The world around us is particularly captivating, especially because of the access to information we have at our fingertips. With access to the internet and to a wide variety of books and literature in our local library, it is easier than ever to find facts about wildlife.
At one time, countless hours of research were done by some notable (and some lesser-known) individuals to provide us with some of the information that we have today.
When I worked at a bookstore, one author people frequently asked me about was John James Audubon. At times, people would simply ask for Audubon books. Thus, it became clear to me that Audubon was pretty famous for his books focused on birds.
There was a great thirst to learn about different types of birds, but there was so much more to identifying birds than just the actual animal itself. In 1876, Genevieve Estelle Jones visited the Philadelphia Exposition, where she was introduced to Audobon’s fascinating illustrations. Since she was young, she had been interested in fowl nests and their eggs. However, there were little to no studies conducted or illustrations made on them – including in Audobon’s great works.
Genevieve suffered from heartache and sorrow due to a broken engagement, which led the young woman to visit with a friend in Philadelphia, Pennsylvania. Her parents were not comfortable with the behaviors the man she was in love with possessed, which lead them to the difficult decision of breaking things off. She was encouraged by her parents, Nelson and Virginia, and her brother, Howard, to pursue her vision of creating her own book.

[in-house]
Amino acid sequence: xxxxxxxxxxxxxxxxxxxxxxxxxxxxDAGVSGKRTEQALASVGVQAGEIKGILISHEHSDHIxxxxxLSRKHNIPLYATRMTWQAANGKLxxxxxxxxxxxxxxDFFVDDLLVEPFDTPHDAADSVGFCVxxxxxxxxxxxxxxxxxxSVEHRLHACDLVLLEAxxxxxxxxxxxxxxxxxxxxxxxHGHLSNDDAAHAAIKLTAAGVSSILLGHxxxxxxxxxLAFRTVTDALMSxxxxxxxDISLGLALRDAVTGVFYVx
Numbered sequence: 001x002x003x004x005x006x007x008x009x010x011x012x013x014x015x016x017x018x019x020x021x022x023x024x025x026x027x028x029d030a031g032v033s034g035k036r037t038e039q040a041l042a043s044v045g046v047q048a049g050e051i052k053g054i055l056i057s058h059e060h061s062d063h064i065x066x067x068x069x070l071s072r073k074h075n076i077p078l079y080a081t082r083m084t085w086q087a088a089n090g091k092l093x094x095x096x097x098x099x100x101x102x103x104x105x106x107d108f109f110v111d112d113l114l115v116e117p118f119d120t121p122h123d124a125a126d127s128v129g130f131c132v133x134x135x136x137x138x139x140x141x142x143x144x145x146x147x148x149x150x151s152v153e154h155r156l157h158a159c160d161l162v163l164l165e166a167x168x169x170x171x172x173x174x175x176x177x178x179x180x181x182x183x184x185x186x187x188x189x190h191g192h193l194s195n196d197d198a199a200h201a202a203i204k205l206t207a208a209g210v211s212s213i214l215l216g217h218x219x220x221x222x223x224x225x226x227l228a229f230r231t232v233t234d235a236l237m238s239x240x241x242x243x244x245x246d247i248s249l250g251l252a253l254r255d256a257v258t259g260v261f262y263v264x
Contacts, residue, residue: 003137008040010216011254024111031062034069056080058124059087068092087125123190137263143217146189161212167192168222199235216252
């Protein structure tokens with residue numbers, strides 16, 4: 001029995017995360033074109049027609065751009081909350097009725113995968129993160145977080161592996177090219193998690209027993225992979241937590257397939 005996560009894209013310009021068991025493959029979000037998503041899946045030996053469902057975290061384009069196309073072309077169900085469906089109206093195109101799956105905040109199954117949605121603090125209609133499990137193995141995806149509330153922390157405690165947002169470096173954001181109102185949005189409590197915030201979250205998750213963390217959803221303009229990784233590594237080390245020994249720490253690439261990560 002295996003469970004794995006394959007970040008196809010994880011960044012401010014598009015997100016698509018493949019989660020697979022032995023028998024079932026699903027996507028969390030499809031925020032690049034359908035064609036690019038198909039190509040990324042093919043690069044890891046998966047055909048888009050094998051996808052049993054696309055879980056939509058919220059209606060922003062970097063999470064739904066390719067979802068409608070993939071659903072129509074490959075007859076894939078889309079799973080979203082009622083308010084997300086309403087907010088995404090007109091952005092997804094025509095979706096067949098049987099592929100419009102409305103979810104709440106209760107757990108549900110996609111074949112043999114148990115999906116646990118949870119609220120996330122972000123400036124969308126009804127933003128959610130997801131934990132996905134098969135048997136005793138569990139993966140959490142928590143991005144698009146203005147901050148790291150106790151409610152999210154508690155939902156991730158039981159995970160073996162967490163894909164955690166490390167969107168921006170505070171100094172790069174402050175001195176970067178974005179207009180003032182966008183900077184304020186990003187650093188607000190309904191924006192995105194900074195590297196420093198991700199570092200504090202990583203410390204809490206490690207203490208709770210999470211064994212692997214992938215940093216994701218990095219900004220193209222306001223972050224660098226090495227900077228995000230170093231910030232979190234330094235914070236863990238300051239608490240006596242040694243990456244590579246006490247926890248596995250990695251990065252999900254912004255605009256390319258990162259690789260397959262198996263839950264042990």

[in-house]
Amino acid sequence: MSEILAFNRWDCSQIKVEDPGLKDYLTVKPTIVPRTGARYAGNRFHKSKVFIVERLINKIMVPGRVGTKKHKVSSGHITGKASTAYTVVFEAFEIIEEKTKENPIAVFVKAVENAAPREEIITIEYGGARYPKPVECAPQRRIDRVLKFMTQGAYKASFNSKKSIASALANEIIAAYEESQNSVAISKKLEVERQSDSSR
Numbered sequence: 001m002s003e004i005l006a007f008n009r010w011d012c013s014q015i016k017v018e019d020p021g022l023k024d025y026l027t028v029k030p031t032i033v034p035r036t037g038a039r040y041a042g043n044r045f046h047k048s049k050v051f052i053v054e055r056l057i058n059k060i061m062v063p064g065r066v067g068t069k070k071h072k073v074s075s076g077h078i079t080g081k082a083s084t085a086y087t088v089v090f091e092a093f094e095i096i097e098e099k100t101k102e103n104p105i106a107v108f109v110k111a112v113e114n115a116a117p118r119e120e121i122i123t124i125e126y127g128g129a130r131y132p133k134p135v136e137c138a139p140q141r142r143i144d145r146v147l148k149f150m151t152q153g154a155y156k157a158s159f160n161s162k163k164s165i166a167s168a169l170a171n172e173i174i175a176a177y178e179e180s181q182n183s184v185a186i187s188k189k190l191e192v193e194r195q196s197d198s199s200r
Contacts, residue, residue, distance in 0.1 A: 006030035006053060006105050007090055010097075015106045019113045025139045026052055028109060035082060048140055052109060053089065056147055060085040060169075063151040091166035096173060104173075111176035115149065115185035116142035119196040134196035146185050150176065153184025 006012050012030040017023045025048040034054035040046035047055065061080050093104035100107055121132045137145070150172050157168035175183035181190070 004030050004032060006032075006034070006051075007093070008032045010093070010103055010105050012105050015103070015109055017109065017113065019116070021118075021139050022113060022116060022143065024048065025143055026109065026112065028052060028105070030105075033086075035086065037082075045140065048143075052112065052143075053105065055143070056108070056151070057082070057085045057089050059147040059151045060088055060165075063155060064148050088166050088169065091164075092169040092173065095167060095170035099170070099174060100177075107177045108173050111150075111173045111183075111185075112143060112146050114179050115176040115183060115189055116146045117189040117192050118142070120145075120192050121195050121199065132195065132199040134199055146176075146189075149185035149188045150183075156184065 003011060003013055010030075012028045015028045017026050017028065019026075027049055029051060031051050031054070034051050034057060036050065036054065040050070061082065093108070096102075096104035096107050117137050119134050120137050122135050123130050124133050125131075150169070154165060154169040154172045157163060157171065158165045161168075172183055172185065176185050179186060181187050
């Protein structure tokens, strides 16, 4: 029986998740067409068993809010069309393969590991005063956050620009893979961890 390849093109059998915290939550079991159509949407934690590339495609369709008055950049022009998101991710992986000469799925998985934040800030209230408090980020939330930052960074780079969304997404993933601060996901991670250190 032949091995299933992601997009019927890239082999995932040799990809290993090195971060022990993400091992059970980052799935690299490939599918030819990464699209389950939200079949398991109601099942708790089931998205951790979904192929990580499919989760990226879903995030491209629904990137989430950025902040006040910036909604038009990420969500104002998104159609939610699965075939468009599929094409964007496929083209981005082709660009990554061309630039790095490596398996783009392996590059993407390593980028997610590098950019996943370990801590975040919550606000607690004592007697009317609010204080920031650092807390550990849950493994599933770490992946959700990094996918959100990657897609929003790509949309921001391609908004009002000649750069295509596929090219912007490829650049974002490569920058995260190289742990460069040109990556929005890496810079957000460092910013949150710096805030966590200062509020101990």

Genevieve’s volumes would include illustrations and research done on 130 bird species nests and eggs, which would provide a necessary resource for the future – a work that she had initially dreamed of doing illustrations on all American birds. This would have resulted in 320 species.
Genevieve’s dream project was brought to a standstill when she grew immensely ill with Typhoid fever, which also affected Genevieve’s mother, Virginia, and her brother, Howard. The illness took its toll on the young woman, but she was resolute that her project would continue. No matter the outcome of her condition, Genevieve worked with her mother to continue on with the illustrations, and the work persisted – even after she passed away from her illness at the young age of 32.
The project was fulfilled in 1886, seven years after Genevieve had passed – but the project did not come without the stress of some obstacles along the way. Virginia proceeded to illustrate, which proved to be tough with the Typhoid fever harming her vision. Eventually, her vision was lost due to the stress on her eyes.
The life of the Jones family wasn’t an easy one – no one could anticipate the outcome that their life would end up with, just as we can’t foresee where our story will end. Nonetheless, what’s inspirational to me about Genevieve, is the fact that she strived to pursue this while faced with the uncertainty that is this illness.
Furthermore, it’s inspiring that her family encouraged her to begin and pursue this in the first place. They believed in Genevieve and her vision so much, that they sacrificed a great deal to see that her dream came to light. During the process of educating the world, they demonstrated to us how family, no matter what happens or when, be it built through blood relations or simply through those who love and care about us, is always there for us. This is what inspires me about this woman and this family.
Genevieve’s illustrations can be found throughout various resources online, as well more information can be found locally.
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